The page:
Skip to main content
US Flag

An official website of the United States government

Official websites use .gov
A .gov website belongs to an official government organization in the United States.

Secure .gov websites use HTTPS
A lock ( ) or https:// means you’ve safely connected to the .gov website. Share sensitive information only on official, secure websites.

GSL experimental model simulates Hunga Tonga–Hunga Ha‘apai eruption

February 24, 2022


On January 15, 2022 a powerful underwater volcanic eruption blanketed the island nation of Tonga with ash, but not before it also rocketed ash, dust, and other particles high into the atmosphere. Volcanic eruptions inject sulfur gases and ash into the troposphere and sometimes the stratosphere, and are one of the most important drivers of climate variability. The sulfate aerosols can live in the stratosphere for 1-2 years, scattering sunlight at the top of the atmosphere and cooling the surface.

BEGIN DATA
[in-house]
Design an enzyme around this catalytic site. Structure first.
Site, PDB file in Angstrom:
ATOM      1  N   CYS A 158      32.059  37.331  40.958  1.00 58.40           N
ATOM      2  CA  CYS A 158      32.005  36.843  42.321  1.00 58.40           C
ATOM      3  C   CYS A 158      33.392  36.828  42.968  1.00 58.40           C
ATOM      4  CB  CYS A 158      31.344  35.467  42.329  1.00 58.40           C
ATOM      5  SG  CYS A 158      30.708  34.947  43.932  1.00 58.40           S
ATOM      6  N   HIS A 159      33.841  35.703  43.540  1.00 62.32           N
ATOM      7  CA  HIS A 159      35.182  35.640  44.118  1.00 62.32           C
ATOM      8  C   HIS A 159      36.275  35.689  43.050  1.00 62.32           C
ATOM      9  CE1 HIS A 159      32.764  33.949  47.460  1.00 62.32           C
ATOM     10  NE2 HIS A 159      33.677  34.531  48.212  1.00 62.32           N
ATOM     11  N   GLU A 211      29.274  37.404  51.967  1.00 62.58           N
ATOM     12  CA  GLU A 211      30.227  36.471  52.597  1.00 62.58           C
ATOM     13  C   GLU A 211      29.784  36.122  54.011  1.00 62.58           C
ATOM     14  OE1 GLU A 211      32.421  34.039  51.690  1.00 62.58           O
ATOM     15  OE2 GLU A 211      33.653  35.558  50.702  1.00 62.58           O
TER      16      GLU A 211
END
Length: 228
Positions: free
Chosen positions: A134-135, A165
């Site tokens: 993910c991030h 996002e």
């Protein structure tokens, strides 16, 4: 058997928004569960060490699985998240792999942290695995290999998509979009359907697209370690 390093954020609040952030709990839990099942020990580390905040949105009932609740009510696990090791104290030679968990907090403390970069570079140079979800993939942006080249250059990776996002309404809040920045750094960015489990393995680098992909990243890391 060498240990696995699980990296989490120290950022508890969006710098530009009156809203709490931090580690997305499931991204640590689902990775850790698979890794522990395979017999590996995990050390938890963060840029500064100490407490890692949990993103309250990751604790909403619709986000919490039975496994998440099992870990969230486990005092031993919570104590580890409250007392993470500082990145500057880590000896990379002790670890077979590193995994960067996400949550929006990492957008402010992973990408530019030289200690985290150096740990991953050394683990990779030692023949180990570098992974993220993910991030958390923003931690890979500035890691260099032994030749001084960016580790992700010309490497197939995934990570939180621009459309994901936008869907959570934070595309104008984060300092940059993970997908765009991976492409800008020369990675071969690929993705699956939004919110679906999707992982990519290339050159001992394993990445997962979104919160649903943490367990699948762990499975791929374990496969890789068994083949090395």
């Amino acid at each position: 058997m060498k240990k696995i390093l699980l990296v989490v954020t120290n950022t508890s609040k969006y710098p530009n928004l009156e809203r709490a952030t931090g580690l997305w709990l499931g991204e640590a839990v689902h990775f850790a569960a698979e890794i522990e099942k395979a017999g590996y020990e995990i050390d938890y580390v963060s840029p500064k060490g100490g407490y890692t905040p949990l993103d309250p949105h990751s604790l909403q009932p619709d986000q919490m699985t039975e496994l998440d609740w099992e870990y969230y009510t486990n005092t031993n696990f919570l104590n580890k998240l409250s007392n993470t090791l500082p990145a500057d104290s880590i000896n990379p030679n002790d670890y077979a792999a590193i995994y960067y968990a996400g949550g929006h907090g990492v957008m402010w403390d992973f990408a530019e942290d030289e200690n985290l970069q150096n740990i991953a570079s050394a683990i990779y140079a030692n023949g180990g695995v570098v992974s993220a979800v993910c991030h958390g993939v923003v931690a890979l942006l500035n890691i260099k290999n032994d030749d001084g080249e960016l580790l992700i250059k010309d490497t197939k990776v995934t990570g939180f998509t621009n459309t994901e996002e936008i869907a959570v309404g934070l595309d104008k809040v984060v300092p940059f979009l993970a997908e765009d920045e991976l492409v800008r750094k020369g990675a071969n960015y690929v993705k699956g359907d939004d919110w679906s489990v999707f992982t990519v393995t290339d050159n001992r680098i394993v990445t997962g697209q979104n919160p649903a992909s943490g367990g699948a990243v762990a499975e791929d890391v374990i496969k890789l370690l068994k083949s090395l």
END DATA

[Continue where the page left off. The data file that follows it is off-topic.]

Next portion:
After the Tonga volcano eruption, NOAA Global Systems Laboratory and CIRES scientists ran their experimental GEFS Aerosols model to simulate how and where aerosols emitted from the eruption would be carried by the wind over the next 12 days. Because there wasn’t much data to begin with, GSL and CIRES scientists had to make some assumptions. First, they assumed the eruption lasted 5 hours and had an umbrella-shaped injection of ash and SO2. They also estimated a top height of 18km. This visualization opens with satellite images of the eruption, but then switches to the amount of toxic chemicals released into the atmosphere:

This was the first time GSL has conducted an experiment like this, and the new knowledge gained prepares us for future eruptions. With good satellite or radar data about eruption injection heights, we can produce quality forecasts including the impacts of emissions on numerical weather prediction. Thanks to CIRES scientists Li “Kate” Zhang and Haiqin Li for conducting the experiment and to Eric Hackathorn for the visualization.